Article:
\displaystyle  \mu_m(X) = \sum_{x\in X}m(x)\delta_{x}(X) = \sum_{x\in X}m(x)=0.

So one may say that the linear space of all molecules is naturally identified with the linear space of all finite linear combinations of deltas with zero total mass.

On the space of molecules we define the so-called Arens-Eells norm. To do so we introduce elementary molecules consisting having a two-element support with values {\pm 1} on them, namely for {x,y\in X}

\displaystyle  m_{xy}(z) = \begin{cases} 1, & z=x\\ -1, & z=y\\ 0, & \text{else.} \end{cases}

Note that any molecule {m} can be written as finite linear combination of elementary molecules. (To do so you may order the support of some given {m} as {\{x_1,\dots x_n\}}, start with {m(x_1)m_{x_1 x_2}}, then form {m^1 = m - m(x_1)m_{x_1x_2}}, observe that {m^1} has a support of size {n-1}, and proceed iteratively as started). Importantly, the decomposition of a molecule into elementary molecules is not unique.

Definition 4 For a molecule {m} on {X} we set

\displaystyle  \|m\|_{\AE} = \inf\{\sum_{i=1}^n |a_i|d(x_i,y_i)\ :\ m = \sum_{i=1}^n a_i m_{x_iy_i}\}

where the infimum is taken over all decomposition of {m} into elementary molecules.

Actually, it is not clear from the start that {\|\cdot\|_{\AE}} is indeed a norm. While homogeneity and the triangle inequality are more or less straight forward, definiteness is not clear from the beginning. We will see that in a minute, but it makes sense to first introduce the completion of the space of molecules with respect to the (semi-)norm {\|\cdot\|_{\AE}} since its dual is indeed familiar. Since we do not know yet that {\|\cdot\|_{\AE}} is a norm, we have to be careful with the completion:

Definition 5 The Arens-Eells space {\AE(X)} on a compact metric space is the completion of the space of molecules with respect to the seminorm {\|\cdot\|_{\AE}} modulo elements with zero norm.

The great thing is that the dual of {\AE(X)} is a well known space:

Theorem 6 For a compact metric space {(X,d)} with some base point {e} it holds that

\displaystyle  \AE(X)^* \cong \mathrm{Lip}_0(X).

On bounded sets, weak* convergence in {\mathrm{Lip}_0(X)} agrees with pointwise convergence.

Proof: We represent elements of {\AE(X)^*} as Lipschitz functions by the mapping {T_1:\AE(X)^*\rightarrow \mathrm{Lip}_0(X)} be setting for {\phi\in \AE(X)^*} and {x\in X}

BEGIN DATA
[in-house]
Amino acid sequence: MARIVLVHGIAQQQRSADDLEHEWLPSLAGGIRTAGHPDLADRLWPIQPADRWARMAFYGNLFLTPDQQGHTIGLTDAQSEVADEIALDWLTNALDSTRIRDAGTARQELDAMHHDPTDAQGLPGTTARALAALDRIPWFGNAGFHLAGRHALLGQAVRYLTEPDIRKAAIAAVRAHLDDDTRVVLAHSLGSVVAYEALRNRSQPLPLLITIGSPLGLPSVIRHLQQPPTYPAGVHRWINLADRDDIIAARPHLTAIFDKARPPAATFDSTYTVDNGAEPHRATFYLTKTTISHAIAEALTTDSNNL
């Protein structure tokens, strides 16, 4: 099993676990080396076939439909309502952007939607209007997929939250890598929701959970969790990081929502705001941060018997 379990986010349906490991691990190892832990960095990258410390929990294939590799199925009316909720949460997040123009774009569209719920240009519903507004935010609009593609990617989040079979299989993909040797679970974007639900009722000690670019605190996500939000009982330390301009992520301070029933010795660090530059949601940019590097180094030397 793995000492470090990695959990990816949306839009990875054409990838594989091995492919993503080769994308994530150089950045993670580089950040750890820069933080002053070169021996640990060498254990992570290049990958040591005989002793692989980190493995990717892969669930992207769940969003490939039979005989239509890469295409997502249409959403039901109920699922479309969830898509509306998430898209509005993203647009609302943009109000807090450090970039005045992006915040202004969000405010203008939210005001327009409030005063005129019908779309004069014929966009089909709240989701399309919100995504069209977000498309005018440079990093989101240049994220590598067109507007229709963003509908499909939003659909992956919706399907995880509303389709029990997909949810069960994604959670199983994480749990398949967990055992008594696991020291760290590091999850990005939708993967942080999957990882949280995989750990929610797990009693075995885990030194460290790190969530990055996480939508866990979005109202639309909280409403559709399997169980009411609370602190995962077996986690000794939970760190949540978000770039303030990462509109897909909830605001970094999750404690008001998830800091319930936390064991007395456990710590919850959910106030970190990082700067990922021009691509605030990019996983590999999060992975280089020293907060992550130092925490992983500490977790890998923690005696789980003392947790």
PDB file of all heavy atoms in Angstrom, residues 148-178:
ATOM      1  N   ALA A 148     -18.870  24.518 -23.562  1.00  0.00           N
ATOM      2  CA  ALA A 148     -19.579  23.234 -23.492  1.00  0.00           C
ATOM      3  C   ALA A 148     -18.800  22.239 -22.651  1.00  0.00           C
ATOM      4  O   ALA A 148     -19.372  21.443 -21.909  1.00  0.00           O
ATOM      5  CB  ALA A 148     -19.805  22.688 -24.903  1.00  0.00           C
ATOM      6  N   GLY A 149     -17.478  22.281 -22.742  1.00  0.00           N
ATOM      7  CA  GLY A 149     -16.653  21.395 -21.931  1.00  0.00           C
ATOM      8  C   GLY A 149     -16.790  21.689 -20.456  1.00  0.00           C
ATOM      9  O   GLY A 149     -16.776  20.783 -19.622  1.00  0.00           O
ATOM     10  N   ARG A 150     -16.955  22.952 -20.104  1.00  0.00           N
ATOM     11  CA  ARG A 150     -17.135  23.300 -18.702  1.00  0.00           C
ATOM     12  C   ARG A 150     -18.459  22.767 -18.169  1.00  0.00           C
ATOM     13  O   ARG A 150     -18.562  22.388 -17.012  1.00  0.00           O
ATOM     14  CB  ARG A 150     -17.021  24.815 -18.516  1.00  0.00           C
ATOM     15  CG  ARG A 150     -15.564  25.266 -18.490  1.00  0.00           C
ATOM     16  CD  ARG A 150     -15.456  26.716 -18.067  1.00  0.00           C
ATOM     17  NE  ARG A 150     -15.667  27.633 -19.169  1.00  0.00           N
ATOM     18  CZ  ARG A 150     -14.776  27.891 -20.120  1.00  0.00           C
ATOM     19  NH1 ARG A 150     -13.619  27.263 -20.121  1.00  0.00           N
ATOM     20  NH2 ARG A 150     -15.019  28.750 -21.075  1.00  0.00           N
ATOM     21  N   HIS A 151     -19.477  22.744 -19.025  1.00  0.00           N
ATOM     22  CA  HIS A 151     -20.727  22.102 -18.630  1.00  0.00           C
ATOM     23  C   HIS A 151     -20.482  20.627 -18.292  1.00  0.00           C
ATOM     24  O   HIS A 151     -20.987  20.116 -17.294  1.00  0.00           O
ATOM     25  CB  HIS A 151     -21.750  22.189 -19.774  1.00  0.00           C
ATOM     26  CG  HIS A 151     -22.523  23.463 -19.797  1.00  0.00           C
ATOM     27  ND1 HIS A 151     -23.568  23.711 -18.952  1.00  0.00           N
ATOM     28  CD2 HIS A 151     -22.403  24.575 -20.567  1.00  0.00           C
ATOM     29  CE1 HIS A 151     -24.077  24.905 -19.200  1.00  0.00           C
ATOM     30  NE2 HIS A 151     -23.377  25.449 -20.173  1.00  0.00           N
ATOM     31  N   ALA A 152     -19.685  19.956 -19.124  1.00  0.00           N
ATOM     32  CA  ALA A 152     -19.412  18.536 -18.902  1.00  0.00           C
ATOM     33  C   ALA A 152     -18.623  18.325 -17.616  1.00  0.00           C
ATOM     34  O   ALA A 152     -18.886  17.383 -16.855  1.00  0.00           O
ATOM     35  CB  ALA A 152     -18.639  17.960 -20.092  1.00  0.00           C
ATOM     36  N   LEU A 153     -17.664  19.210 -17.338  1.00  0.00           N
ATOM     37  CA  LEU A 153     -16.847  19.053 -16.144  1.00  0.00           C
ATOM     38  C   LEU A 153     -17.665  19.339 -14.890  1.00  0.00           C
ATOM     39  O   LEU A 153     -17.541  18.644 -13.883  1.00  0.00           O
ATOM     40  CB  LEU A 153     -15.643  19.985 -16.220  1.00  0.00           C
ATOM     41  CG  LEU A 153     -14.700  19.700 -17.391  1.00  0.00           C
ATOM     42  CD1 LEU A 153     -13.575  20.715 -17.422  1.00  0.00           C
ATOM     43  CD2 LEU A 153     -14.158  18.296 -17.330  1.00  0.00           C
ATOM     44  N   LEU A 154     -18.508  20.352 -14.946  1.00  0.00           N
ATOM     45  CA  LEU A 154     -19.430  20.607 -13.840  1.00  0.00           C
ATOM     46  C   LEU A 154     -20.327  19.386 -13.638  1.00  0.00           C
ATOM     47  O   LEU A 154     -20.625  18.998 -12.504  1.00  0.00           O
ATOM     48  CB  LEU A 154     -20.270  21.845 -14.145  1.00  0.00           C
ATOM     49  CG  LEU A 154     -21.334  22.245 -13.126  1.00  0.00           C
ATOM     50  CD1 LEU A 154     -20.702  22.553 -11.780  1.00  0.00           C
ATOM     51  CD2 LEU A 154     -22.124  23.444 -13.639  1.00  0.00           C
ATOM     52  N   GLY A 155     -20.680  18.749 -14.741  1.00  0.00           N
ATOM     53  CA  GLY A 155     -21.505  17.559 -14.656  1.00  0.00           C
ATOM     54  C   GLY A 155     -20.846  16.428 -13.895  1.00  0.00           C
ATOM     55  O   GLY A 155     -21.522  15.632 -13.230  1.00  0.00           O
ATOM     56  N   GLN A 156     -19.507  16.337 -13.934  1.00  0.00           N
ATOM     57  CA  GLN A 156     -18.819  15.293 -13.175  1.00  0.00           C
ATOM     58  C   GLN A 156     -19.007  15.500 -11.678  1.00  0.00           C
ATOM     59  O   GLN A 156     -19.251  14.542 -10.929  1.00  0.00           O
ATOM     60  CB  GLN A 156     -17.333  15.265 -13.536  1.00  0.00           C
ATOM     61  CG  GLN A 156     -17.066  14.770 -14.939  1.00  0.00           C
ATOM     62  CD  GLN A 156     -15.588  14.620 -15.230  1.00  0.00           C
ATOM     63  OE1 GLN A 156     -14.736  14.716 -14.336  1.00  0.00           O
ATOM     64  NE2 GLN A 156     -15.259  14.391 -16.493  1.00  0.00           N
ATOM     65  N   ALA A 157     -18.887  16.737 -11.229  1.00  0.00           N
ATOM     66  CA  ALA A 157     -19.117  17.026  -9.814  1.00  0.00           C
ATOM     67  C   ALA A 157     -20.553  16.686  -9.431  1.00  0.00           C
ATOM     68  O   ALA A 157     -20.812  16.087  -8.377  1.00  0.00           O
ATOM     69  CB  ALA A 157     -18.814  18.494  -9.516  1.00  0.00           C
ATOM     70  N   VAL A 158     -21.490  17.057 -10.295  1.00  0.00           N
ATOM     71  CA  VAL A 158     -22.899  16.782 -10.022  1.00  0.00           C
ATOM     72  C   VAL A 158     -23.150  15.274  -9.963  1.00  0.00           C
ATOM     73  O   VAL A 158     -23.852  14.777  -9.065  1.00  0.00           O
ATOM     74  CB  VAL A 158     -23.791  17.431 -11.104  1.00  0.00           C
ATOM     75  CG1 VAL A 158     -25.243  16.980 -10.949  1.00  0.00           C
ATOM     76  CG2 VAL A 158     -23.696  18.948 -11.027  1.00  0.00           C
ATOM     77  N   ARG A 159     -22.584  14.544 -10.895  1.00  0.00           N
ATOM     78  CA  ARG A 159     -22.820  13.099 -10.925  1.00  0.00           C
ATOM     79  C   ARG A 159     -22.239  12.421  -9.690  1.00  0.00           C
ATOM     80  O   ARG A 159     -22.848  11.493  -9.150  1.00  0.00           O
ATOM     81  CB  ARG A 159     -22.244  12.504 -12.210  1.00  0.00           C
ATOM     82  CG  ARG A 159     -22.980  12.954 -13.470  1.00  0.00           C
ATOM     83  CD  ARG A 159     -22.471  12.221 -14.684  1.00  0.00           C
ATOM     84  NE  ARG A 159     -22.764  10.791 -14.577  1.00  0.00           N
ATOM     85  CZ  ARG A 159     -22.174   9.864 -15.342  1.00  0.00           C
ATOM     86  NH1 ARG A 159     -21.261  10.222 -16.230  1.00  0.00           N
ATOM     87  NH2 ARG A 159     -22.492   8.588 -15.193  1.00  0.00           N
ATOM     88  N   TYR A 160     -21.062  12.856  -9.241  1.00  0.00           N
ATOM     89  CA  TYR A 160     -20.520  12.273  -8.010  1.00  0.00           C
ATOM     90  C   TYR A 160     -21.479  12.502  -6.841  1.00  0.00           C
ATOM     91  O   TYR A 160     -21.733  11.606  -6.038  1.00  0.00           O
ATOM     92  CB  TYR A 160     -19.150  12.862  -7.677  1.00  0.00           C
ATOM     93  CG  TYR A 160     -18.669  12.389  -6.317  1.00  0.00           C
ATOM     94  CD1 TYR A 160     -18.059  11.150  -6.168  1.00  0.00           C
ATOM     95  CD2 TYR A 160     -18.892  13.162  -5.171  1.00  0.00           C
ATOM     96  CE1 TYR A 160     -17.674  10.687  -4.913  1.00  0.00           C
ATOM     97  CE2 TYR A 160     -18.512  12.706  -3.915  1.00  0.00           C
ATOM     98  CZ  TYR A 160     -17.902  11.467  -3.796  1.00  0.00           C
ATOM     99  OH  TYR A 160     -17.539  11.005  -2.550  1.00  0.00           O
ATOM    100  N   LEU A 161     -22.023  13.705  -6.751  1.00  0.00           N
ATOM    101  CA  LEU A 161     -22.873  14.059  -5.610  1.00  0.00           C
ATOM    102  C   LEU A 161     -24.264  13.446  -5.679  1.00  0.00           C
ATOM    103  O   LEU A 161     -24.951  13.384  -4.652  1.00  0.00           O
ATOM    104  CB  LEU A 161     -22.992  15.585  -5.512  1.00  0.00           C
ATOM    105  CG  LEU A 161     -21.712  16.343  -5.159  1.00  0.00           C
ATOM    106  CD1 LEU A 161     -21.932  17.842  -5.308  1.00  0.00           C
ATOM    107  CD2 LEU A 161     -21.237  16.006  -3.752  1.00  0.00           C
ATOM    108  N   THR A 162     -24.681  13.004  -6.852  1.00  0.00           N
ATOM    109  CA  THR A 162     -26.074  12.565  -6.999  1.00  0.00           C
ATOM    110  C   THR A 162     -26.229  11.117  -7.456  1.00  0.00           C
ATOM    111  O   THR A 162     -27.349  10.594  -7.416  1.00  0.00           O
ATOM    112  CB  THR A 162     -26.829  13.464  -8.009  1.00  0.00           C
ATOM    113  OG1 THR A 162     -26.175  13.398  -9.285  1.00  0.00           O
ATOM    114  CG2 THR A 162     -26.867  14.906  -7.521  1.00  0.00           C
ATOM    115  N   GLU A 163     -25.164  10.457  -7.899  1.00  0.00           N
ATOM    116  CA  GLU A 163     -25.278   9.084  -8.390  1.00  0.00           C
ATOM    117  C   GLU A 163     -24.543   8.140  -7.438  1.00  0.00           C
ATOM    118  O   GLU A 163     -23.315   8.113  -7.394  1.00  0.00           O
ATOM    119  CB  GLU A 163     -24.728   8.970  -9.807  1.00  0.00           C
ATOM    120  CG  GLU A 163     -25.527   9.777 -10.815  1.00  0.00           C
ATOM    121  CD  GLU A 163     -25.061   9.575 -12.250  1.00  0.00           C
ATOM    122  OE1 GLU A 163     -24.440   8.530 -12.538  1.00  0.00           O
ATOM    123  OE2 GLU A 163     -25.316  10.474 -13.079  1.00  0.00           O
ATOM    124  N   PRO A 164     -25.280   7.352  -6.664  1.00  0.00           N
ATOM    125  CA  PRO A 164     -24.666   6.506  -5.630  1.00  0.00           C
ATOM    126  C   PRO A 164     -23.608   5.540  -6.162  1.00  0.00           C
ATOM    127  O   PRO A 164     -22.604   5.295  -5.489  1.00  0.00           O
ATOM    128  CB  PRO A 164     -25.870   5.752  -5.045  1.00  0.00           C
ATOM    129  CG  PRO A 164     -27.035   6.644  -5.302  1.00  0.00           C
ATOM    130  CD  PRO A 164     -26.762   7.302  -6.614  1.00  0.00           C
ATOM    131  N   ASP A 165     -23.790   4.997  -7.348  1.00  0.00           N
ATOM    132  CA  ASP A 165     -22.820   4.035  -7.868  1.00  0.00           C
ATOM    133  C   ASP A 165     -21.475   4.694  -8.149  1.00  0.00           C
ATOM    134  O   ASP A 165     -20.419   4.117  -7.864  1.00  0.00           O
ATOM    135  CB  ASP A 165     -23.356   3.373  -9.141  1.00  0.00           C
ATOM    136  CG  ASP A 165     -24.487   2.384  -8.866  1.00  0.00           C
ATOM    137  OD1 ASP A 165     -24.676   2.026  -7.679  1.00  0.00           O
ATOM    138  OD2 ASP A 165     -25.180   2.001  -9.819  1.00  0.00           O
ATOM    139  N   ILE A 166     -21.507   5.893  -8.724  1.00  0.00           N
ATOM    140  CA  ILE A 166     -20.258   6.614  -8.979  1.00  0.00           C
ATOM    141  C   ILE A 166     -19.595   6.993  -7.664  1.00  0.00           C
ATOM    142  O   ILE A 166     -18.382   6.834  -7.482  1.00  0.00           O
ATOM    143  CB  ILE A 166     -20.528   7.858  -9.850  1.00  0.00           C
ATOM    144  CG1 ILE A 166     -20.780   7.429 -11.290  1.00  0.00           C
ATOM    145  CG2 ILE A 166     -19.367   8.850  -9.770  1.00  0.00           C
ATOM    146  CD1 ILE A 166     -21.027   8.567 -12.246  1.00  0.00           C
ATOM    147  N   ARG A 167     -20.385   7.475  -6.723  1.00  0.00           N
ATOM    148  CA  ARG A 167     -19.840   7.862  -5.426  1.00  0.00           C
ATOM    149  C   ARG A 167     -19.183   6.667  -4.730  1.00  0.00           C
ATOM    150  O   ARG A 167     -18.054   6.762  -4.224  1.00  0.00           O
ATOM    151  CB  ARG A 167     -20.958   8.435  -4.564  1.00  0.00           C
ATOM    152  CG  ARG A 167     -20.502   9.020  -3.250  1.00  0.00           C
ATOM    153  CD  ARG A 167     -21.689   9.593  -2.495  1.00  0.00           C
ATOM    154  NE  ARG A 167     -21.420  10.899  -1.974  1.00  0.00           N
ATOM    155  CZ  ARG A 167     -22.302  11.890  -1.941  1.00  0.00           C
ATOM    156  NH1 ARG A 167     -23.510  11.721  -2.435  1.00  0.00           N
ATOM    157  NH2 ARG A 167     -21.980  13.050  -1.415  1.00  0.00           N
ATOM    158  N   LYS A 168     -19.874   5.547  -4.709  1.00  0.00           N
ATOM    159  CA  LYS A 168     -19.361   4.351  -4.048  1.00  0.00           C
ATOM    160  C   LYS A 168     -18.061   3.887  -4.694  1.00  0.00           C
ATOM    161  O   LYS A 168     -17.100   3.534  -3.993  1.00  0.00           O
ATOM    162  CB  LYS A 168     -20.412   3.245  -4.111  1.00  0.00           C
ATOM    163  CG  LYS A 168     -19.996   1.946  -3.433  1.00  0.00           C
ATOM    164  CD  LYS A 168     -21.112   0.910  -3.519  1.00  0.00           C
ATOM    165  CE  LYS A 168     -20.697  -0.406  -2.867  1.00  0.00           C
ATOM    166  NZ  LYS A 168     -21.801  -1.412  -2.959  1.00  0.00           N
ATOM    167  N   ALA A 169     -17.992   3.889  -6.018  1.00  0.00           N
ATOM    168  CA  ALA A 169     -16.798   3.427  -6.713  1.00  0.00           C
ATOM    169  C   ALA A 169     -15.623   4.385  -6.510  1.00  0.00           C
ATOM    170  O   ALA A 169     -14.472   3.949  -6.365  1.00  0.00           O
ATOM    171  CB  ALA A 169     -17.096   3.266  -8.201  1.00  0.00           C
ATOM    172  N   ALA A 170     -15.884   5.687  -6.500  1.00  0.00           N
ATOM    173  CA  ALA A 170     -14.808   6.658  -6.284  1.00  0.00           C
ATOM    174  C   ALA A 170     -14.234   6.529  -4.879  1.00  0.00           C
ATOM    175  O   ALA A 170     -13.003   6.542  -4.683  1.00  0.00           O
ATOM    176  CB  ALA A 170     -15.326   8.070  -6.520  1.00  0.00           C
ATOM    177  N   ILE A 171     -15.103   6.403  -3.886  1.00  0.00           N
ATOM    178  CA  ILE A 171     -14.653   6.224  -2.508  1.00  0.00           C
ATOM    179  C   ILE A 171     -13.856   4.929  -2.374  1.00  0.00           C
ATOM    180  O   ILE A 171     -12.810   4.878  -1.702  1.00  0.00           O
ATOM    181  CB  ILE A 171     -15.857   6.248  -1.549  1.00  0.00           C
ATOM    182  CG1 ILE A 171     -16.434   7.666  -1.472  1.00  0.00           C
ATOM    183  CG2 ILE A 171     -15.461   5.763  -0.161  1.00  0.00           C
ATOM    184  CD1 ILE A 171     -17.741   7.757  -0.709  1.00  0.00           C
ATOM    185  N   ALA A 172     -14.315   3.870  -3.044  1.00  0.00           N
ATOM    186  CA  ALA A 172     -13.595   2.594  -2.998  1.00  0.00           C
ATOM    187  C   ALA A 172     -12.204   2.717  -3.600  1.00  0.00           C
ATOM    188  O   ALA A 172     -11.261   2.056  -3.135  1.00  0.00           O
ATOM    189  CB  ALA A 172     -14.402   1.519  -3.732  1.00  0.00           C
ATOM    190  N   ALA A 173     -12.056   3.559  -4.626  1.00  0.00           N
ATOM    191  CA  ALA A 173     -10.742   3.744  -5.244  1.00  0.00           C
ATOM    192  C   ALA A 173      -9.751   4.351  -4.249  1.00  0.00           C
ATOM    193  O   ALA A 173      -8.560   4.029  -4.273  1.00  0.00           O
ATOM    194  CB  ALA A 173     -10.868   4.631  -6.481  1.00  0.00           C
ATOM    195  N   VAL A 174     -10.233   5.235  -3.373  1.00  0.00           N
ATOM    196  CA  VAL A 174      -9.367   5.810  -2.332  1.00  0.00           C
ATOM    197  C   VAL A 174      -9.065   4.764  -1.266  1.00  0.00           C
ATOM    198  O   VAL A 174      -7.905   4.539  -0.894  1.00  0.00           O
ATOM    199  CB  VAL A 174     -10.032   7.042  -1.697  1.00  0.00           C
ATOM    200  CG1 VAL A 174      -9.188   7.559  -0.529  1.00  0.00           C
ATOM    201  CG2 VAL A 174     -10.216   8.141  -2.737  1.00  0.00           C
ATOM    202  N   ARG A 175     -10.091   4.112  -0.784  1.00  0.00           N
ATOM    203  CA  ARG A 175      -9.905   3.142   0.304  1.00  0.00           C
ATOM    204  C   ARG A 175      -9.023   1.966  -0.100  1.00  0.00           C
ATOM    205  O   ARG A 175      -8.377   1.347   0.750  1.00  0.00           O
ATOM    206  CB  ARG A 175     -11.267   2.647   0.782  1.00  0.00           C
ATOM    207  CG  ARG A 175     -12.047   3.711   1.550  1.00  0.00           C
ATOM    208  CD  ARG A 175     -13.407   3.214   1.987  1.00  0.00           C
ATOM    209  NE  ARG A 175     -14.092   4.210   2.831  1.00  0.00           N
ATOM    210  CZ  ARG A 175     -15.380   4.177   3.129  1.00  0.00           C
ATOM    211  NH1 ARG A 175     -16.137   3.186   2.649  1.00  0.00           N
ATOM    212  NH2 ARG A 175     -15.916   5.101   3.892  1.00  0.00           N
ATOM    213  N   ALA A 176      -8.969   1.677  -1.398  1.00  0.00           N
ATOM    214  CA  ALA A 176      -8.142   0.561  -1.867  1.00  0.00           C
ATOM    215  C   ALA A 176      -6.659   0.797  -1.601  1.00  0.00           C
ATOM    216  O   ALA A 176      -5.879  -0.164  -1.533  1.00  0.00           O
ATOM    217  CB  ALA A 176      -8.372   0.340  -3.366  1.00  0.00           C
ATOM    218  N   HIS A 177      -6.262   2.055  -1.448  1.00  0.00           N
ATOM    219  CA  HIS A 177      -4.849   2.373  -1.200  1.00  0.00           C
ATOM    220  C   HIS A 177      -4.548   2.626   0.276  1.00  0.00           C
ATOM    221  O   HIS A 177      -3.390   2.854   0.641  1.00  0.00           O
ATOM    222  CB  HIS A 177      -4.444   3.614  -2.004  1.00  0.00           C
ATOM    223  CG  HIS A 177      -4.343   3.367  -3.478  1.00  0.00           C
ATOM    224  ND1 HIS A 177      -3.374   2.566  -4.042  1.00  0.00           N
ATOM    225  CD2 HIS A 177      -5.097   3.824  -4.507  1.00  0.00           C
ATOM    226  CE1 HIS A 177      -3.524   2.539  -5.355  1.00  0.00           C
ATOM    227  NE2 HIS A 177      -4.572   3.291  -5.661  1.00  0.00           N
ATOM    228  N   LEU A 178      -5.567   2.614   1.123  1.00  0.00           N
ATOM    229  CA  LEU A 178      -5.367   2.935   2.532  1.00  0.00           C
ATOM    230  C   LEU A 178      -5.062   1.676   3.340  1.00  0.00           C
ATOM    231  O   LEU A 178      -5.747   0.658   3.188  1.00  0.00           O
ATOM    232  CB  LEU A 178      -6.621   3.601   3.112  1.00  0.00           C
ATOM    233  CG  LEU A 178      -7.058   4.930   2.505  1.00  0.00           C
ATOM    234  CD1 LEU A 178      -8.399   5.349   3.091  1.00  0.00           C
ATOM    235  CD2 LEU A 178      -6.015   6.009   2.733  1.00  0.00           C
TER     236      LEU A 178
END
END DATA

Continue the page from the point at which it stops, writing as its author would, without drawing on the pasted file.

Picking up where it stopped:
\displaystyle  (T_1\phi)(x) = \phi(m_{xe})

Note that {(T_1\phi)(e) = \phi(m_{ee}) = 0}. By the definition of {\|\cdot\|_{\AE}} it holds that {\|m_{xy}\|_{\AE}\leq d(x,y)} and hence,

\displaystyle  |(T_1\phi)(x)-(T_1\phi)(y)| = |\phi(m_{xe} - m_{ye})| = |\phi(m_{xy})|\leq \|\phi\|d(x,y)

which shows that {\mathrm{Lip}(T_1\phi)\leq \|\phi\|} and we conclude that {T_1\phi\in\mathrm{Lip}_0(X)} and also that {\|T_1\|\leq 1}. Conversely, we now define a map that associates to every Lipschitz function vanishing at the base point an element in {\AE(X)^*}: Define {T_2:\mathrm{Lip}_0(X)\rightarrow \AE(X)^*} for any molecule {m} and any {f\in \mathrm{Lip}_0(X)} by

\displaystyle  (T_2f)(m) = \sum_{x\in X} f(x)m(x).

Note that for a decomposed molecule {m = \sum_{i=1}^n a_i m_{x_iy_i}} we have

\displaystyle  \begin{array}{rcl}  |(T_2 f)(m)| & =&|(T_2 f)(\sum_{i=1}^n a_i m_{x_iy_i})\\ & \leq & \sum_{i=1}^n |a_i| |(T_2 f)(m_{x_iy_i})|\\ & = &\sum_{i=1}^n |a_i| |f(x_i) - f(y_i)|\\ & \leq & \mathrm{Lip}(f) \sum_{i=1}^n |a_i| d(x_i,y_i). \end{array}

Taking the infimum over all decompositions, we conclude {|(T_2 f)(m)|\leq \mathrm{Lip}(f)\|m\|_{\AE}} showing that {T_2 f\in \AE(X)^*} and {\|T_2f\|\leq\mathrm{Lip}(f)}, i.e, {\|T_2\|\leq 1}. Now let’s look at {T_1T_2}: For {x\in X} and {f\in\mathrm{Lip}_0(X)} it holds that {T_1(T_2 f)(x) = (T_2 f)(m_{xe}) = f(x) - f(e) = f(x)}, i.e. {T_1T_2 = I}. Also for {\phi\in \AE(X)^*} and a molecule {m}: {T_2(T_1\phi)(m) = \sum_{x\in X}(T_1\phi)(x)m(x) = \sum_{x\in X}\phi(m_{xe})m(x) = \phi(\sum_{x\in X}m(x)m_{xe})= \phi(m)}. So {T_2} and {T_1} are indeed inverses and hence provide identifications of {\AE(X)^*} and {\mathrm{Lip}_0(X)}. Now consider a sequence of function {f_n\in \mathrm{Lip}_0(X)} that converges weakly* to {f}. This says that (in the notation above) for any molecule {m} it holds that {(T_2f_n)(m)\rightarrow (T_2 f)(m)}. Particularly for the molecules {m_{xe}} we have

\displaystyle  (T_2 f_n)(m_{xe}) = \sum_{y\in X} f_n(y)m_{xe}(y) = f_n(y).

It follows that {f_n(x)\rightarrow f(x)} for all {x}. This shows that weak* convergence implies pointwise convergence. If, conversely, {f_n} converges pointwise, we conclude that {(T_2 f_n)(m_{xe}) \rightarrow (T_2 f)(m_{xe})} for all {m_{xe}}. By definition, these are dense in {\AE(X)} and since we assume that the {f_n} are bounded by assumption, this implies weak* convergence. \Box

The above proof also shows that {\|\cdot\|_{\AE}} is indeed a norm and moreover, that it can be written as

\displaystyle  \|m\|_{\AE} = \sup\{\sum_{x\in X} f(x)m(x)\ :\ f(e)=0,\ \mathrm{Lip}(f)\leq 1\}

(also, by Arzela-Ascoli, there is a Lipschitz function {f} with {\mathrm{Lip}(f)\leq 1} and {f(e)=0} where the supremum is attained, but we will not need this). This shows the following fact:

Corollary 7 For any molecule {m} on a compact metric space {X} with base point {e} and the corresponding measure {\mu_m} it follows that

\displaystyle  \|m\|_{\AE} = \|\mu_m\|_{\mathrm{KR}}.

4. The completion of {\mathfrak{M}_0(X)} under the dual Lipschitz norm

Now we come to the answer of the second question posed in the beginning. We define by {\mathrm{KR}_0(X)} the completion of {\mathfrak{M}_0(X)} (the space of Radon measures with zero total mass) with respect to {\|\cdot\|_{\mathrm{Lip}_0}^*} and aim at a characterization of this space.

Theorem 8 It holds that {\AE(X)\cong \mathrm{KR}_0(X)} isometrically.